Doctor insights on:
Pain After Nissen Fundoplication Surgery
As any other patient: It mostly depends on your genetic predisposition and drugs used by anesthesiologist, then procedure itself. Theoretically eye procedures and gyn surgeries has higher incidence of nausea, but with modern drugs, it is not significant as in the past. ...Read more
Why are there mixed opinions on reversal of nissen fundoplication surgery? Is reversal safe, difficult?
It is more difficult: To undo a nissen fundoplcation than to do it. After creating a nissen fundoplcation, it gets really scarred in place. To take it down puts the distal esophagus and gastric fundus at risk for injury. The only reason to consider taking one down is intolerable gastric bloating with inability to burp or vomit afterwards. And you have to consider why the fundoplcation was done in the first place. ...Read more
After a nissen fundoplication takedown, should the normal esophagal motility priorto. Surgery return?
Would think so: See: http://usmilitary. About. Com/od/joiningthemilitary/a/abdominal. HtmGet a more detailed answer ›
Varies: The fullness can be highly variable. How tight vs how lose the wrap was made, how much postoperative swelling is present and the length of the actual wrap can play a role. Generally, patients will reach a baseline 3-4 months after surgery when all the swelling is gone. If the wrap was made to tight, the patient may have long term problems with swallowing or excessive fullness. ...Read more
Yes!: This is the most common anti-reflux procedure, involving closure of the hiatal hernia and re-creating a new valve by wrapping a portion of the stomach around the esophagus. While very effective, this procedure is reserved for the rare patient who cannot manage their symptoms with lifestyle and dietary modifications supplemented by anti-acid medication. An incisionless option, tiff, is available 2. ...Read more
See a Surgeon: Basically, if you have documented reflux disease either by history or testing such as egd or ph probe test, then fundoplication can be considered. Medications can help with reflux, however if you are young or the risk of surgery is minimal, the fundoplication can keep you from needing to take medications for your lifetime. If medications don't work, then surgery can be considered. ...Read more
Has anyone had both a gallbladder removed and also undergone nissen fundoplication surgery? How is the recovery process?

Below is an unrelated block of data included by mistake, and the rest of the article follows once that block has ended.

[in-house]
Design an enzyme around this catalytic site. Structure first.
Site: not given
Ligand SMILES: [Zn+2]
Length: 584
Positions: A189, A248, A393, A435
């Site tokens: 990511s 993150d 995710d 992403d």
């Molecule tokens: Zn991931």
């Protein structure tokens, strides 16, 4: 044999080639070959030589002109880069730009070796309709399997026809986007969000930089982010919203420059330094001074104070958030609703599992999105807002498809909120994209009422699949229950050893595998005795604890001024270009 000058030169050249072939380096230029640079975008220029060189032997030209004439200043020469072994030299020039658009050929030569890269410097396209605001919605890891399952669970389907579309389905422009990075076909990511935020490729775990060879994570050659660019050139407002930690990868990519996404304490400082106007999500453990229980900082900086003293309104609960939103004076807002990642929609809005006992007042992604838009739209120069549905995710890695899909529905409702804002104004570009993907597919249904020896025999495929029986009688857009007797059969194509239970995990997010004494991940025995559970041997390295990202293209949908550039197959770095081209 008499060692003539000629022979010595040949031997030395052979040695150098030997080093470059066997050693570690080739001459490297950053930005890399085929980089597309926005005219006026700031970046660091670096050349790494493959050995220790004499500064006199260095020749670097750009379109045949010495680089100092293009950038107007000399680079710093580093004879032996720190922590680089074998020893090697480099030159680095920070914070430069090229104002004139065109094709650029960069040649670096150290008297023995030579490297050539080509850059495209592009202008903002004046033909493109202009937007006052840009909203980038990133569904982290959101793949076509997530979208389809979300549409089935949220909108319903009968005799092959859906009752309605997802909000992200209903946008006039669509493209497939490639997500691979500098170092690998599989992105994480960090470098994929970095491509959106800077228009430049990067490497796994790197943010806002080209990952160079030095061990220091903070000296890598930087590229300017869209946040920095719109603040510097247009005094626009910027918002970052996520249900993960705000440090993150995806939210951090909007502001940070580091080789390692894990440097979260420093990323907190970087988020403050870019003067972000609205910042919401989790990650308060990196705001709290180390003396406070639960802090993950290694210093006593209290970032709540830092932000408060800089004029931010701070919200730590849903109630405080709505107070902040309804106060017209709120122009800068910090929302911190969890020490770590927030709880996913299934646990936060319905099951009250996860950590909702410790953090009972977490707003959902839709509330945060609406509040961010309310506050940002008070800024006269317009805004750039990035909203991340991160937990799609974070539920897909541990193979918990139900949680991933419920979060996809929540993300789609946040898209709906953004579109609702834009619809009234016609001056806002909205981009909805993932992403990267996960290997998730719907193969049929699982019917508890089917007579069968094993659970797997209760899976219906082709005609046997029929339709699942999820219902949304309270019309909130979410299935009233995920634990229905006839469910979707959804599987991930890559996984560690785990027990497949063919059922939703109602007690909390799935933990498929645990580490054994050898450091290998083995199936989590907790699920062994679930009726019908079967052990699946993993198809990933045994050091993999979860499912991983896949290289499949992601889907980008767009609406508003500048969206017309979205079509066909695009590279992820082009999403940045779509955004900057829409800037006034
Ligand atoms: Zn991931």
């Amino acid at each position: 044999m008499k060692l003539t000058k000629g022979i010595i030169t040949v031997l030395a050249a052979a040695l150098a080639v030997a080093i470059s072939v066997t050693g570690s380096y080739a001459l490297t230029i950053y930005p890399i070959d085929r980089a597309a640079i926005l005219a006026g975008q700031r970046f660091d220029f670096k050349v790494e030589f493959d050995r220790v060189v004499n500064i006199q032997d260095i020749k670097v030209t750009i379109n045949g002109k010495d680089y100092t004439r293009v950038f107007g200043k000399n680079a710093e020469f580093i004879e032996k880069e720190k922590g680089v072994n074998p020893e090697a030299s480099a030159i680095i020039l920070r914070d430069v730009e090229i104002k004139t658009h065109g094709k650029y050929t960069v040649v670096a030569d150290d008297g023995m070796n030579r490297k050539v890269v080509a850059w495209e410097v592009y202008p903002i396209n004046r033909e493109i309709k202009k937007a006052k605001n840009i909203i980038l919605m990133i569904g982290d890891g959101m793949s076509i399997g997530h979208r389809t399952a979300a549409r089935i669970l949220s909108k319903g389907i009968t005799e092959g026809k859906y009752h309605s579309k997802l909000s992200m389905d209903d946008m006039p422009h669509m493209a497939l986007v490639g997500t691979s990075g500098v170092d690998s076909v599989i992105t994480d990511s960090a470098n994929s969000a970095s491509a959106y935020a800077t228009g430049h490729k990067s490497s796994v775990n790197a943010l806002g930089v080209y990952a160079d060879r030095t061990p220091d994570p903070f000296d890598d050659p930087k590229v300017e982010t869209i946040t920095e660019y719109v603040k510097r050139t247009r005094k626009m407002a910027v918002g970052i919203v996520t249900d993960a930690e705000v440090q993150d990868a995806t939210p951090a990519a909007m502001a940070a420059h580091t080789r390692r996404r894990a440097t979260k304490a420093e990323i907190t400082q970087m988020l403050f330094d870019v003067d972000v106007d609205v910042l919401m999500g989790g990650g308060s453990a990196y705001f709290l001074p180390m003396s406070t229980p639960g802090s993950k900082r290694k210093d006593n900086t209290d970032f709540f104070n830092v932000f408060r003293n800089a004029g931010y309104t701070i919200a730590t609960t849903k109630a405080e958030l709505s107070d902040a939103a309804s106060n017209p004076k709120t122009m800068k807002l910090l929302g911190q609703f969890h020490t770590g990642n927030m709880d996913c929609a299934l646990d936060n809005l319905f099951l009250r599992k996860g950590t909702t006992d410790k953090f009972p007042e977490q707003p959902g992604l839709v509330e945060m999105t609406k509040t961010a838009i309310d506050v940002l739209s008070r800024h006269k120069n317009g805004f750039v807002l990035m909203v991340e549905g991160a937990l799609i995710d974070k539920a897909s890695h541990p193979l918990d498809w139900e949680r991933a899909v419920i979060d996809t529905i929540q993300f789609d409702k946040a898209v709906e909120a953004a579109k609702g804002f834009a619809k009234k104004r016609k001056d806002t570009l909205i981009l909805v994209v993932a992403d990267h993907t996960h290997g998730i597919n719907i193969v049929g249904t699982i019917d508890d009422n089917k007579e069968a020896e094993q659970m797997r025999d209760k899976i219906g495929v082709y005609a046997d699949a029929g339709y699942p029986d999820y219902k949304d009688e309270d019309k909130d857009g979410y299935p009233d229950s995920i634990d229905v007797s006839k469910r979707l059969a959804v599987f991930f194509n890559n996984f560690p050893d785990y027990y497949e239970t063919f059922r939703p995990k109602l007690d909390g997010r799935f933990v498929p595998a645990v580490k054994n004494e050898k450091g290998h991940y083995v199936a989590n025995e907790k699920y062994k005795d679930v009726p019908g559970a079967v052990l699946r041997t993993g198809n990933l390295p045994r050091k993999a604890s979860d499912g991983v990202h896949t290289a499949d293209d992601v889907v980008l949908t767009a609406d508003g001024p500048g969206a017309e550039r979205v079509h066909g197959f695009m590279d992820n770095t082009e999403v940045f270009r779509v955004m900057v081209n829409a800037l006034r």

My daughter is 14 months and had a Nissen fundoplication and a few days after surgery she was great but now she is cranky and unhappy. Ideas please?
Nausea: Can make a baby cranky after Nissen because she cannot vomit. Take her to her doctor to be sure there is nothing else wrong and if cleared ask to try an antinausea medication. Other possibilities include breakdown of the surgical procedure or a post operative complication so do not wait before seeing the doctor. ...Read more
Done for severe GER: All young infants have some gastroesophageal reflux; that's why they spit-up. At 4-6 months' age, the lower esophageal sphincter becomes more competent, and reflux usually subsides. If it continues and causes severe problems with the respiratory system (stopping breathing, recurrent pneumonia), poor nutrition, or direct esophageal complications (inflammation, stricture), surgery is considered. ...Read more
How long after my laparoscopic fundoplication should I expect to no longer need pain medication for my surgery pain?
How can I find out if my vagus nerve was damaged during a nissen fundoplication surgery which caused gastroparesis?
Tests are available.: For all surgical procedures there are risks and benefits. With nissen fundoplication and hiatal hernia repair, vagus nerve injury is a known risk. The risk for vagus nerve injury is due to the proximity of the nerve to the anatomy in which the procedures are performed. Okay to discuss with your surgeon and the GI doc on your team. There are tests to diagnose vagus nerve function. Good luck. ...Read more
I had the Nissen fundoplication surgery 6 days ago and have been suffering from phrenic nerve pain. Will it get better?
Why does nissen fundoplication reduce reflux symptoms, but not Barrett's or cancer risk? I'm getting mixed messages on benefits of surgery.
Surgery will help: This is a tough question and still being looked at. The data so far does show that antireflux surgery)does shows some regression of short amounts of Barrett's. It has also helped slow the progression of Barrett's to cancer. However it does not eliminate the need for continued surveillance. Consult your physician on that. If a hiatal hernia repaired it may also help with future Barrett tx. ...Read more